The word "paranoia" is used by Hofstadter almost with a religious zeal, and the defenders of his essay to this day have spread his gospel with an equally fervent sense of historical mission.

To be clear, I admire Hofstadter and appreciate his scholarship. Also, I am not denying the existence of sub-cultures that have their own conspiratorial scriptures to which they pay allegiance even in the face of new revelations.

But the all-out dismissal of conspiracies of power by high-minded intellectuals despite the long historical record that proves that such things are commonplace in the evolution of societies and empires reeks of totalitarianism.

Whenever American intellectuals and journalists bring up 9/11 and JFK conspiracy theories they refer to Hofstadter's timeless essay. His catchphrase, the "paranoid style," has become their default intellectual position because they cannot come up with their own ideas to combat the proponents of alternative history.

The lives of controversial and buried truths, most famously the truth about the JFK assassination, have an energy of their own because they are based on documented facts. If they were based on pure paranoia and cosmic make-believe then they wouldn't persist this long.

Describing alternative historians and citizen researchers as "paranoid" is a lame attempt at suppressing the evidence that vindicates them and their factually based beliefs. It doesn't bother me that intellectual elites reject conspiracy theories because that is their job, but throwing mean-spirited insults at others for holding unorthodox views about modern history goes too far. It reflects a poor mind at work. Ridiculing and belittling the other side is one of the oldest rhetorical tricks to avoid a debate.

In a honest dictatorship there does not exist a need for the perpetual exercise of cunning rhetorical tricks to control the population because force is openly defended when it is used to silence critics and impose the will of the government masters. Honest dictatorships justify their iron grip over society to the people on the grounds of ideology, fighting a foreign enemy, and establishing common security. In dishonest dictatorships the ruling class is forced to be more constraint in its methods and strategies. 

The American dictatorship is the furthest thing from honest. Instead of relying on force, it masterfully deploys humour as a political weapon against democratic critics. Humour is used with deadly effect by US leaders and the press to cast anti-regime opinions as kooky and nutty. Barack Obama has routinely poked fun at questions about him forging his birth certificate.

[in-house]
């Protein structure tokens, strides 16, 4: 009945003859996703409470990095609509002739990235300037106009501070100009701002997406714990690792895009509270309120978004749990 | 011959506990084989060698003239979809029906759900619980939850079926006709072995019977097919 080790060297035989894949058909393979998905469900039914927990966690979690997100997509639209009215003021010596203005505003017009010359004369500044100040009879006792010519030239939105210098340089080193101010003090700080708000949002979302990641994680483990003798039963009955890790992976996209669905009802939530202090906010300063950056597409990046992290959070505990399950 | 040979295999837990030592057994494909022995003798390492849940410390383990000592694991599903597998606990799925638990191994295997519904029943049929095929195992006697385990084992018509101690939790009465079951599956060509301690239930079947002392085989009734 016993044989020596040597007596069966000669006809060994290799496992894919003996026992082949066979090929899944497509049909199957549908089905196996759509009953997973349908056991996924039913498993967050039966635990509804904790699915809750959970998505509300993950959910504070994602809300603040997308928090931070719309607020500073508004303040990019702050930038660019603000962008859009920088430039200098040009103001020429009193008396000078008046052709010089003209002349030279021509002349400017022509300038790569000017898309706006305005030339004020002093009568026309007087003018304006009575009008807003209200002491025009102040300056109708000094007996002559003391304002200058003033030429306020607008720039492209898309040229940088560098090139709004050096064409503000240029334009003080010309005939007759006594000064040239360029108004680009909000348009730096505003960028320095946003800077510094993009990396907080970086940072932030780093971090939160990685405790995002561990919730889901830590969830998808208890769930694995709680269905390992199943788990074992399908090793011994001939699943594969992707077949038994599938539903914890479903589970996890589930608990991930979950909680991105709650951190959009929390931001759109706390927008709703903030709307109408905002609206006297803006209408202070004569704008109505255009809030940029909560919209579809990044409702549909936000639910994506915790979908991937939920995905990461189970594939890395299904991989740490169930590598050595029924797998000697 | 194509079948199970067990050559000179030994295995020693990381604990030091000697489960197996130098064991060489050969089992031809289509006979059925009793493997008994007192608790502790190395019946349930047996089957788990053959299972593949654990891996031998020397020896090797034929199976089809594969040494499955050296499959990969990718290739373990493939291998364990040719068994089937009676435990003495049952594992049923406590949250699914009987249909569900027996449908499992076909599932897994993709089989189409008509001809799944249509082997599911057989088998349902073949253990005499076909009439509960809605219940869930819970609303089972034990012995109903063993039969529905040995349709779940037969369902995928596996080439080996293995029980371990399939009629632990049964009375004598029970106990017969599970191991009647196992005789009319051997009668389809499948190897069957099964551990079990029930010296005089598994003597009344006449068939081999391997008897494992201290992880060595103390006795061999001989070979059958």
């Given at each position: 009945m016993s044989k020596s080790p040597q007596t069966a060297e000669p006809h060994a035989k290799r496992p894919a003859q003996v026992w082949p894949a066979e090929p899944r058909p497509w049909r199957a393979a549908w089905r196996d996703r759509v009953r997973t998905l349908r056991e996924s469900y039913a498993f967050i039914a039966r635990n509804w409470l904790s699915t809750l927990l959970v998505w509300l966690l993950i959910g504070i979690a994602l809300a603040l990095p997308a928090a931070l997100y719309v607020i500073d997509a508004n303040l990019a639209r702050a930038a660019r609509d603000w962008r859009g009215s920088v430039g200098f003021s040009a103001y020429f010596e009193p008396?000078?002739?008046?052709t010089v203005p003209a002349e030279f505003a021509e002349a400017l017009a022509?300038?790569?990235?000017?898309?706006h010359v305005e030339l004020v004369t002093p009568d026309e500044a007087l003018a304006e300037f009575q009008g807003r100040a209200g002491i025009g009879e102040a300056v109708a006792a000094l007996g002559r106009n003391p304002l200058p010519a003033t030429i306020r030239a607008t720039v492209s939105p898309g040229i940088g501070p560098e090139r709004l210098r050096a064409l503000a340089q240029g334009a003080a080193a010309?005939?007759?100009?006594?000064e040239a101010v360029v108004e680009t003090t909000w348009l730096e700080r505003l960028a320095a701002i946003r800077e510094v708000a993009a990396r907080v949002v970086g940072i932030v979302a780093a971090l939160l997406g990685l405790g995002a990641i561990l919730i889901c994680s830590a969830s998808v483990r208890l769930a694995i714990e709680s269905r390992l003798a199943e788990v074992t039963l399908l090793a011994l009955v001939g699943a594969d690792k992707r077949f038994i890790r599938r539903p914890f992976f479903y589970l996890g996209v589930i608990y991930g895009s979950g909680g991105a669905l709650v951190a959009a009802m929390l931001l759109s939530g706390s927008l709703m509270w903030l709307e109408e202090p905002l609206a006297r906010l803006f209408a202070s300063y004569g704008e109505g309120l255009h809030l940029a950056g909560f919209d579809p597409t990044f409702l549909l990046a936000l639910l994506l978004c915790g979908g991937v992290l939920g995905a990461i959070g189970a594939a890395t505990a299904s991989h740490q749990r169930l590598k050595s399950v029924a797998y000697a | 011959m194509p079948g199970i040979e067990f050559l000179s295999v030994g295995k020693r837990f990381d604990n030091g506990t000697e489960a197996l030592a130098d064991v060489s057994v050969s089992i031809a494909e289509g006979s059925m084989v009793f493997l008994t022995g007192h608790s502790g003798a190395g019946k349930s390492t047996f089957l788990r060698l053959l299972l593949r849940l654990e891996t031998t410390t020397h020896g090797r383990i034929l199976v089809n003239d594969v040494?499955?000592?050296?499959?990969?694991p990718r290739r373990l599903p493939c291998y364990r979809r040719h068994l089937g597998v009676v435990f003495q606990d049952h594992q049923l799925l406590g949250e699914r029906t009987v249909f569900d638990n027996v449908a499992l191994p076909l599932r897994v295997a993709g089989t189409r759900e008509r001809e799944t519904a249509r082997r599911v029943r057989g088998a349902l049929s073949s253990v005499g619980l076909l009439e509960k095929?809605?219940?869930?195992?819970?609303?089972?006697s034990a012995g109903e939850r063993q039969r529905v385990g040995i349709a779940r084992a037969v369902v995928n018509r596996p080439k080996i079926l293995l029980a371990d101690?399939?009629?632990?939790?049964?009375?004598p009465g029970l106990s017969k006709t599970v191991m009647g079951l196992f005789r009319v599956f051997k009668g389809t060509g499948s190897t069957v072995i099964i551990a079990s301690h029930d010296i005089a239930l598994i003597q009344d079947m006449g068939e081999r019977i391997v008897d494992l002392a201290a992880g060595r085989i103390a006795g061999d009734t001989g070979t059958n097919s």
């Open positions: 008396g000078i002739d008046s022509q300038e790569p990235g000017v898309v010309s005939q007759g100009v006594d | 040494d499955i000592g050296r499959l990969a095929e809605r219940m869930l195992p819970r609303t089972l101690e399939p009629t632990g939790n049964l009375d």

The best way to make people rethink their old assumptions about American society, U.S. leaders, and modern American history is with humour. Comedians understand the dismissive quality of humour when it is used deliberately as a social weapon, which is why many of them are more alert to the conspiracies in America compared to the rest of the population.

The late greats Lenny Bruce, Bill Hicks, and George Carlin, as well as living legends Dave Chappelle and Eddie Griffin, all talk about conspiracies in their stand-up material. Comedians have done more to educate society about these subjects than all the historians and writers put together.

One simple reason is their humanity cannot be denied due to the nature of their existence so when they raise uncomfortable truths on stage people listen to them, trust them, and respect them. Millions of people share an emotional connection with comedians because they spill their guts out on stage so the trust factor is big. When other individuals raise the same truths they are ridiculed as paranoid and insane conspiracy theorists because it is less easy to see any humanity in them and thus respect them.

Fantasy literature and films are the two other mediums that have woken the American people up. Last week, Alex Jones talked about the important contributions that Tony Gilroy's Bourne series have made to America's political understanding. They have expanded the boundaries of the lackluster political conversation by raising issues and themes in a thematic and accessible manner.

The Bourne films have, above all, lifted the lid on the reality that in the post-9/11 world the anti-American villains are more often than not internal. The deep state is where all the intense dramatic action is, and the complex network of characters who loyally serve this state are more intriguing from a filmmaker's perspective than a phantom Arab terrorist or a rogue Russian general.